In a period of rapid technological and business change, successful executives particularly need the ability to think critically — and to be aware that some of their most cherished assumptions may, at any point, be challenged or invalidated by changing events. Business schools excel at teaching young managers well-structured models, theories and frameworks but need to spend more time helping their students surface, debate and test the assumptions underlying each model, theory or framework.
Many companies have initiated sustainability and corporate social responsibility programs that represent good first steps toward improving the impact of their organizations on the environment and society. However, unless boards change, many of the initial sustainability efforts launched in corporations are likely to be temporary. For organizations to achieve sustainable effectiveness, they need a corporate board that is designed to lead in a sustainably effective way.
The growing number of chief marketing executives reflects the increasing importance companies attach to marketing. Yet the average tenure of a chief marketing officer (CMO) is three and a half years, well below that of the typical CEO. Both the prevalence of the CMO position and its precariousness give rise to the question,“Has marketing realized the vision to which its adherents have long aspired?” This article asks if that question is an important one — and where marketing goes from here.
The Chief Strategy Officer (CSO) is a comparatively new but increasingly important role in many organizations. This article proposes a typology of four CSO archetypes – Internal Consultant, Specialist, Coach and Change Agent – who carry out a variety of responsibilities in the CSO role. By understanding how the duties of the CSO can vary significantly from organization to organization, boards and CEOs can make better decisions about which type of CSO is necessary for their leadership teams.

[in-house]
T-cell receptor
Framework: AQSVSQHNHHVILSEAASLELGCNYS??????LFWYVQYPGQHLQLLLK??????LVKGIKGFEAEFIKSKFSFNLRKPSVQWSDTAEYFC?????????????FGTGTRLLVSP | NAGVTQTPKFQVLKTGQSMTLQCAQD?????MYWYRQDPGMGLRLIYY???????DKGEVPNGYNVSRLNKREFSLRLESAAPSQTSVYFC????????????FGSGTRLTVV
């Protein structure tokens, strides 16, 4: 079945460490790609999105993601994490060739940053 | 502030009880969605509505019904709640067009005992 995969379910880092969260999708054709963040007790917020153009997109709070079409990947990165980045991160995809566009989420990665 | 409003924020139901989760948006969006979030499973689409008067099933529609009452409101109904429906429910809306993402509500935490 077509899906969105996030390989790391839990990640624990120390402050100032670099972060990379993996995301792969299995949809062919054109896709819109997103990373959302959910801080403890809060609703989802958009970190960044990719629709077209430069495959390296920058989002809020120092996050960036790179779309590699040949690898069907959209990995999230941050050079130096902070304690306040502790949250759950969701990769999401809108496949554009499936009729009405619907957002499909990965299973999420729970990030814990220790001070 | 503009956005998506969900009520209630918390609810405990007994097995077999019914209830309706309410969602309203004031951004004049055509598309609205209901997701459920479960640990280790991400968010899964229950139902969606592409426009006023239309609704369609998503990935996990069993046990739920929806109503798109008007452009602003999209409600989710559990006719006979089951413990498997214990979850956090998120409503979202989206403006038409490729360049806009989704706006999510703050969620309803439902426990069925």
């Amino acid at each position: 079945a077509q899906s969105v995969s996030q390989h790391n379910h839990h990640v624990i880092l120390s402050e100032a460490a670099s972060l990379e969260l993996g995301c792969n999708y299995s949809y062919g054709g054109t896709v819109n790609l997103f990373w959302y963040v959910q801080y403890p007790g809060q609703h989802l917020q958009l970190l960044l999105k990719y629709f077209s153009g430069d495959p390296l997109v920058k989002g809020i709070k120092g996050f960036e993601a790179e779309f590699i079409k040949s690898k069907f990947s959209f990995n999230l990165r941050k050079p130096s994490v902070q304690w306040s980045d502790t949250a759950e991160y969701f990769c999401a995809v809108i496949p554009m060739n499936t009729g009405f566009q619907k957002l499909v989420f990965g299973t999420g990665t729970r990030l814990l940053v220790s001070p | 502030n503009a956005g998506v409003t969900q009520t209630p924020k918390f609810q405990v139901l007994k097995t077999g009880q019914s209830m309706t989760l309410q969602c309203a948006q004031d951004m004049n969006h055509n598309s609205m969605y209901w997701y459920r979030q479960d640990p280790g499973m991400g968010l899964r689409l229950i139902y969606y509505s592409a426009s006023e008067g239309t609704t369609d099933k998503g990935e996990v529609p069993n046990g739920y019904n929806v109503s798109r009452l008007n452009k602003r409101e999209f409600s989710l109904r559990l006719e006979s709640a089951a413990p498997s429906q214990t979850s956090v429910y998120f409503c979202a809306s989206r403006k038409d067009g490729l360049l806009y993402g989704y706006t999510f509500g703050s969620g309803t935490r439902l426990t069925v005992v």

A surprising number of high-profile Western companies have stumbled in e-commerce in China, including Amazon and Google. This article offers a list of workable strategies to succeed in Chinese e-commerce, gleaned from U.S. companies’ experiences.
There is no one-size-fits-all solution. However, in a market like China’s, where local knowledge and culture are crucial to success, more thought should be given to how to better serve local customers and adapt in a rapidly changing market.
Companies located in developing countries are currently serving billions of local consumers with innovative and inexpensive products. But what happens when more of those companies make the leap into more developed markets? Is it inevitable that these companies will overtake the more developed companies? Using historical examples, this article looks at how disruptors and incumbents compete. For incumbents, knowing that much of their fate rests in their hands is half the battle won.
Logistics clusters are local networks of businesses that provide a wide array of services, including transportation carriers, warehousing companies, and freight forwarders. Logistics clusters address several challenges that economies face, including the need for good jobs. In addition to helping companies navigate global supply networks, logistics clusters are contributing to the efficiency of global supply chains and, in the process, increasing international trade and global trade flows.
The editors of MIT Sloan Management Review are pleased to announce the winners of this year’s Richard Beckhard Memorial Prize, awarded to the authors of the most outstanding MIT SMR article on planned change and organizational development published from fall 2010 to summer 2011.